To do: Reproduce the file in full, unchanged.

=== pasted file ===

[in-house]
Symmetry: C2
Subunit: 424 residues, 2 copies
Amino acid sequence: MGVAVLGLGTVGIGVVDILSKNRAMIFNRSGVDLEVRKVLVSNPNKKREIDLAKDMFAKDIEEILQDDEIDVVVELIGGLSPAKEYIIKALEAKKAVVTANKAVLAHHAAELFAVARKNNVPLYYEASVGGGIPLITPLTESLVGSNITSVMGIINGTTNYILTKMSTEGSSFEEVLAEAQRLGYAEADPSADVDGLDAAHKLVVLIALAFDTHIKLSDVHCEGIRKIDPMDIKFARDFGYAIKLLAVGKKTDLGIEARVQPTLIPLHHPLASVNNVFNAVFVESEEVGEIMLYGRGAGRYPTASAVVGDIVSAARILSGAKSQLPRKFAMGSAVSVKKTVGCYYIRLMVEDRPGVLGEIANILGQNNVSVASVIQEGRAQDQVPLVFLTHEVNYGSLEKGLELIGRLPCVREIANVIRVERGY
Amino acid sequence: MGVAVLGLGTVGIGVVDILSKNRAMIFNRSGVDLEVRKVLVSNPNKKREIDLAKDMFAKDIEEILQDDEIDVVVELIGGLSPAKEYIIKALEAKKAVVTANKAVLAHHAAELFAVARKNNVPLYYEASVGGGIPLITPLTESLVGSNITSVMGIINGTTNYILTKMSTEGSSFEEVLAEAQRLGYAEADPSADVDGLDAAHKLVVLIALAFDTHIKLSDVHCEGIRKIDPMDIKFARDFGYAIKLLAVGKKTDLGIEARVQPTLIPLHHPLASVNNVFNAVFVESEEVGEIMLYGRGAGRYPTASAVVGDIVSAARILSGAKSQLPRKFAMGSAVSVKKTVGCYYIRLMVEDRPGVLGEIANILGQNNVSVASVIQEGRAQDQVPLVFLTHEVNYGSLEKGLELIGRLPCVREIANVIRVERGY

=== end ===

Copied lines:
[in-house]
Symmetry: C2
Subunit: 424 residues, 2 copies
Amino acid sequence: MGVAVLGLGTVGIGVVDILSKNRAMIFNRSGVDLEVRKVLVSNPNKKREIDLAKDMFAKDIEEILQDDEIDVVVELIGGLSPAKEYIIKALEAKKAVVTANKAVLAHHAAELFAVARKNNVPLYYEASVGGGIPLITPLTESLVGSNITSVMGIINGTTNYILTKMSTEGSSFEEVLAEAQRLGYAEADPSADVDGLDAAHKLVVLIALAFDTHIKLSDVHCEGIRKIDPMDIKFARDFGYAIKLLAVGKKTDLGIEARVQPTLIPLHHPLASVNNVFNAVFVESEEVGEIMLYGRGAGRYPTASAVVGDIVSAARILSGAKSQLPRKFAMGSAVSVKKTVGCYYIRLMVEDRPGVLGEIANILGQNNVSVASVIQEGRAQDQVPLVFLTHEVNYGSLEKGLELIGRLPCVREIANVIRVERGY
Amino acid sequence: MGVAVLGLGTVGIGVVDILSKNRAMIFNRSGVDLEVRKVLVSNPNKKREIDLAKDMFAKDIEEILQDDEIDVVVELIGGLSPAKEYIIKALEAKKAVVTANKAVLAHHAAELFAVARKNNVPLYYEASVGGGIPLITPLTESLVGSNITSVMGIINGTTNYILTKMSTEGSSFEEVLAEAQRLGYAEADPSADVDGLDAAHKLVVLIALAFDTHIKLSDVHCEGIRKIDPMDIKFARDFGYAIKLLAVGKKTDLGIEARVQPTLIPLHHPLASVNNVFNAVFVESEEVGEIMLYGRGAGRYPTASAVVGDIVSAARILSGAKSQLPRKFAMGSAVSVKKTVGCYYIRLMVEDRPGVLGEIANILGQNNVSVASVIQEGRAQDQVPLVFLTHEVNYGSLEKGLELIGRLPCVREIANVIRVERGY